We were promised a feasibility study, but this study has no numbers. There is no attaching cost forecast, no financial justification – nothing to tell us what the cost of all this bureaucracy will be.
The Government is making great play of the £5m the Treasury has given the DWP to provide a hyperlink to the existing state pension forecast service. But finding the £20bn that has gone missing, displaying up to 50m abandoned pots and regulating the whole process as outlined in the paper is going to be a mammoth undertaking.
The cost of all this will – other than the £5m fall on the pensions industry through increased levies.
These levies are unlikely to be paid out of margin, they will be passed on to consumers through higher charges. Another example of pensions abhorring a vacuum. Where costs are likely to fall – let’s find a new way to weigh our pension saving down with added cost.
I am not sure how to best describe the feeling within the room. It was split between relief from the politicians and civil servants in the room that they had got something over the line and got people like me off their back, the PLSA, ABI , Which all of whom seem to think that what we have is a good outcome, and me, Romi Savova and Ian Mckenna, who see this as a hopeless waste of time and money – an opportunity wasted.
Thankfully there was at least one journalist in the room who was prepared to call the Emperor’s new clothes.
Multiple dashboards, with information from *most* pension schemes, no commitments towards legislation, and first dashboard in 2019 – Govt couldn’t be more vague even if it tried.
— Maria Espadinha (@Maria_Espadinha) December 3, 2018
People have been given an expectation that they will be able to find their pensions and see their pension income and pots in one place. People will not want to wait for the SFGB to organise itself to deliver something in 2019.
In answer to question VI and VII of the consultation, I very much doubt that most people would wait another five years to see the majority of their data in one place.
Our expectation is that schemes such as Master Trusts will be able to supply data from 2019/20. Is this achievable? Are other scheme types in a position to supply data in this timeframe?
Do you agree that 3-4 years from the introduction of the first public facing dashboards is a reasonable timeframe for the majority of eligible schemes to be supplying their data to dashboards?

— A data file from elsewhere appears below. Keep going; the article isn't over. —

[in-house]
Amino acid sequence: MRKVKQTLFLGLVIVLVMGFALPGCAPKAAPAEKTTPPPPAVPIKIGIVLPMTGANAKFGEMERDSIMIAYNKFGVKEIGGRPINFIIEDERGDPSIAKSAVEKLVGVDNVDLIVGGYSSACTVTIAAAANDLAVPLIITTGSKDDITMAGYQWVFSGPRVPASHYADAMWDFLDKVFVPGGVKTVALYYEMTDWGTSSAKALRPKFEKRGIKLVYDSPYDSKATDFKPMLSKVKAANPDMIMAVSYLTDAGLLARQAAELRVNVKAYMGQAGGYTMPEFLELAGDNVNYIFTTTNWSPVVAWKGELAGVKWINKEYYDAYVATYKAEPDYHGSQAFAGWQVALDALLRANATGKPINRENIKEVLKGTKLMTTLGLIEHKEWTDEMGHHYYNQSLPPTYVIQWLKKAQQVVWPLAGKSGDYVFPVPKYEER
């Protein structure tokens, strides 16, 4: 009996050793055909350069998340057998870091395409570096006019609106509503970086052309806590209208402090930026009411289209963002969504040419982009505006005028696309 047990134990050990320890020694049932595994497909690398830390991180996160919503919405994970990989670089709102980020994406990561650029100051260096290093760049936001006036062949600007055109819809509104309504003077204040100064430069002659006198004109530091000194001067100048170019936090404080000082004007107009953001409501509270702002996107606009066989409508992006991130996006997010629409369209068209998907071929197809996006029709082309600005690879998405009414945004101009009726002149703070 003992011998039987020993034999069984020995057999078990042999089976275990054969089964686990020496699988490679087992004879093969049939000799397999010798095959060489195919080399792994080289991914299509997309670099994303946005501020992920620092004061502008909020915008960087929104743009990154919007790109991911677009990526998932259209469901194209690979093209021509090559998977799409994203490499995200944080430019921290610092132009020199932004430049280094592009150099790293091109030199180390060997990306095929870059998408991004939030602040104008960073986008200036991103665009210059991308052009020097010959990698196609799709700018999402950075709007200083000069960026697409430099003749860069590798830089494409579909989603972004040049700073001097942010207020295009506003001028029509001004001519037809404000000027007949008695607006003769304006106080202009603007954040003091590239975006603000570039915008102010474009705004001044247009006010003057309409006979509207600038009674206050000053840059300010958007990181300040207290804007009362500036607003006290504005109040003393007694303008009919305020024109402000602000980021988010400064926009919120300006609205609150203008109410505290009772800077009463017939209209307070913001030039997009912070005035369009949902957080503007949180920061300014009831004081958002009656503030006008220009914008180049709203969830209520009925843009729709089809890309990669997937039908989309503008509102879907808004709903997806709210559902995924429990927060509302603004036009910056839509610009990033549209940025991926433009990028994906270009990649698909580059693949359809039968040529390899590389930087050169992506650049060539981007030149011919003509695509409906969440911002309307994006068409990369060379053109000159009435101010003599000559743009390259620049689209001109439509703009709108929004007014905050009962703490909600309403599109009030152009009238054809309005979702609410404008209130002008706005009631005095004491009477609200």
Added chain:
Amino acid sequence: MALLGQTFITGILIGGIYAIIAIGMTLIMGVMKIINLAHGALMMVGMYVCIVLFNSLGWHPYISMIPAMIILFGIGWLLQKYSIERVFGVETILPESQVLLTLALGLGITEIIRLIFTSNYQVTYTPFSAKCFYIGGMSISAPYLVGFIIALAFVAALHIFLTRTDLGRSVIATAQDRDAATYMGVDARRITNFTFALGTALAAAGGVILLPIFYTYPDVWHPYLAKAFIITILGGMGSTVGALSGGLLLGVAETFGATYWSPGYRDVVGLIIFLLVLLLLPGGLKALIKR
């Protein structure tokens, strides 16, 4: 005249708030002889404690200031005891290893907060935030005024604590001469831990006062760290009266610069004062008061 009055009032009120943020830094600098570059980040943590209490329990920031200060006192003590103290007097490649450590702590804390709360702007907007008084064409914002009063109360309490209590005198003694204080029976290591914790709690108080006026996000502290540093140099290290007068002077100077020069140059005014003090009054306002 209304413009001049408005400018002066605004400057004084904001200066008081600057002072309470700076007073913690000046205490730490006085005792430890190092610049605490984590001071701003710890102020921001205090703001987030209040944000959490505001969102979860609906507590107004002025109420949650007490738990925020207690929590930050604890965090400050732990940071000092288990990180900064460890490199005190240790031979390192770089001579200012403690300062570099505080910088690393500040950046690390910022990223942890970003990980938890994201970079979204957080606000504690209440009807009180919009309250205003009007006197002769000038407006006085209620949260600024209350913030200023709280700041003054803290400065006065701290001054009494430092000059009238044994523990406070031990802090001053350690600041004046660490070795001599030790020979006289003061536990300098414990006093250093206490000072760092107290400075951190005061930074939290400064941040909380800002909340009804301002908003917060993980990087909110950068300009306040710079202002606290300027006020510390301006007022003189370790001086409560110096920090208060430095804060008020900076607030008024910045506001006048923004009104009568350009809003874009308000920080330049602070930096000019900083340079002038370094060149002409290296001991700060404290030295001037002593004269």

My question to the Minister was this.
“When I went to the first public meeting on the Dashboard, I was 54. I am not 57. Should I be waiting till I am 62 to see my data in one place?”
In a year when we have seen the successful implementation of open banking and Faster Payments, when HMRC continues to roll out Real Time Information and is demanding we make tax digital, pensions are moving at a snail’s pace.
The ABI, PLSA and Which will be embedded into the delivery function of a dashboard. The DPW will Chair its steering group. To all intents and purposes – nothing has changed. The State is in no position to facilitate delivery – as has been proved by the last three wasted years.
Now yet another Governmental Body has been placed between people and their data, the SFGB.
Bureaucracy is killing the dashboard and with it people’s hopes to get their pensions back.
I cannot support this approach to the governance and the delivery of the dashboard. It will cost people more than it delivers, it is unwieldy, unimaginative and deeply patronising to ordinary people.
People deserve their data now – not to the timetable of the pensions industry and Government.
Sums it up perfectly. Fortunately people like me, @henryhtapper and @ianmckennaftrc have some time to work on @DWP seeing the light. They have stressed that this is a CONSULTATION, so we should work on getting to a better final outcome. https://t.co/DLVINm8iH0
— Romi Savova (@romisavova) December 4, 2018